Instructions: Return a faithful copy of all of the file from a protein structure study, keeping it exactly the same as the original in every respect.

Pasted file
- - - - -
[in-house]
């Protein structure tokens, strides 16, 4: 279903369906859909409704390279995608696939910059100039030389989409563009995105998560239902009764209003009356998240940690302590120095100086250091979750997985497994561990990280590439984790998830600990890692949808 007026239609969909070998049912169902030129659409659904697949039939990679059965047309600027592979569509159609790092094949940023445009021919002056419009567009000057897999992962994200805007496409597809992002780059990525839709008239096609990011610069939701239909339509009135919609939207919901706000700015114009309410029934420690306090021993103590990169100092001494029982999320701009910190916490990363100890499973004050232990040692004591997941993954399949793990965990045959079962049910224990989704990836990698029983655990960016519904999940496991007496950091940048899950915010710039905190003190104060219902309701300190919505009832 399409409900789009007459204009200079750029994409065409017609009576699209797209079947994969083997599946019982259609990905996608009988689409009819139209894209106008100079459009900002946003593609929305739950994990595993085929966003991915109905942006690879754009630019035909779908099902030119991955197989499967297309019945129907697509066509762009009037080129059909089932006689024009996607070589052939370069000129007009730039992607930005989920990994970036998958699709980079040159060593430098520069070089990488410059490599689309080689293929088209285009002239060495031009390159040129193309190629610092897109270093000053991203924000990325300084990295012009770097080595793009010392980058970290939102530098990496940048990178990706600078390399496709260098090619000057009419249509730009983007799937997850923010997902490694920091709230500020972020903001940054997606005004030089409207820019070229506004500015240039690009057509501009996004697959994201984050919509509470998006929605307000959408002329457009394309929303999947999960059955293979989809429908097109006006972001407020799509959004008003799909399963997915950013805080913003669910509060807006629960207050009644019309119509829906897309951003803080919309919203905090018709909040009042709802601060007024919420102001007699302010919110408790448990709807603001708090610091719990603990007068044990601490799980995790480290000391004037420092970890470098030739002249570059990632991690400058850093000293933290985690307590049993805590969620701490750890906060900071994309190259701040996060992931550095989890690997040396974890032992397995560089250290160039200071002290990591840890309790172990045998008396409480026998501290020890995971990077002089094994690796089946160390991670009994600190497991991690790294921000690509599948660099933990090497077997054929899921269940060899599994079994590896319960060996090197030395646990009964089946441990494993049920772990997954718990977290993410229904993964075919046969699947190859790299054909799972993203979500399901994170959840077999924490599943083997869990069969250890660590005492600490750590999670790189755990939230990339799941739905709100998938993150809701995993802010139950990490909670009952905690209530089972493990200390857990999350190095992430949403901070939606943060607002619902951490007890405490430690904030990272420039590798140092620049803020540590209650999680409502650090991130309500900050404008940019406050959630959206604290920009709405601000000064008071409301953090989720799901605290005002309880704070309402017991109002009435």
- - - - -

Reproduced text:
[in-house]
């Protein structure tokens, strides 16, 4: 279903369906859909409704390279995608696939910059100039030389989409563009995105998560239902009764209003009356998240940690302590120095100086250091979750997985497994561990990280590439984790998830600990890692949808 007026239609969909070998049912169902030129659409659904697949039939990679059965047309600027592979569509159609790092094949940023445009021919002056419009567009000057897999992962994200805007496409597809992002780059990525839709008239096609990011610069939701239909339509009135919609939207919901706000700015114009309410029934420690306090021993103590990169100092001494029982999320701009910190916490990363100890499973004050232990040692004591997941993954399949793990965990045959079962049910224990989704990836990698029983655990960016519904999940496991007496950091940048899950915010710039905190003190104060219902309701300190919505009832 399409409900789009007459204009200079750029994409065409017609009576699209797209079947994969083997599946019982259609990905996608009988689409009819139209894209106008100079459009900002946003593609929305739950994990595993085929966003991915109905942006690879754009630019035909779908099902030119991955197989499967297309019945129907697509066509762009009037080129059909089932006689024009996607070589052939370069000129007009730039992607930005989920990994970036998958699709980079040159060593430098520069070089990488410059490599689309080689293929088209285009002239060495031009390159040129193309190629610092897109270093000053991203924000990325300084990295012009770097080595793009010392980058970290939102530098990496940048990178990706600078390399496709260098090619000057009419249509730009983007799937997850923010997902490694920091709230500020972020903001940054997606005004030089409207820019070229506004500015240039690009057509501009996004697959994201984050919509509470998006929605307000959408002329457009394309929303999947999960059955293979989809429908097109006006972001407020799509959004008003799909399963997915950013805080913003669910509060807006629960207050009644019309119509829906897309951003803080919309919203905090018709909040009042709802601060007024919420102001007699302010919110408790448990709807603001708090610091719990603990007068044990601490799980995790480290000391004037420092970890470098030739002249570059990632991690400058850093000293933290985690307590049993805590969620701490750890906060900071994309190259701040996060992931550095989890690997040396974890032992397995560089250290160039200071002290990591840890309790172990045998008396409480026998501290020890995971990077002089094994690796089946160390991670009994600190497991991690790294921000690509599948660099933990090497077997054929899921269940060899599994079994590896319960060996090197030395646990009964089946441990494993049920772990997954718990977290993410229904993964075919046969699947190859790299054909799972993203979500399901994170959840077999924490599943083997869990069969250890660590005492600490750590999670790189755990939230990339799941739905709100998938993150809701995993802010139950990490909670009952905690209530089972493990200390857990999350190095992430949403901070939606943060607002619902951490007890405490430690904030990272420039590798140092620049803020540590209650999680409502650090991130309500900050404008940019406050959630959206604290920009709405601000000064008071409301953090989720799901605290005002309880704070309402017991109002009435």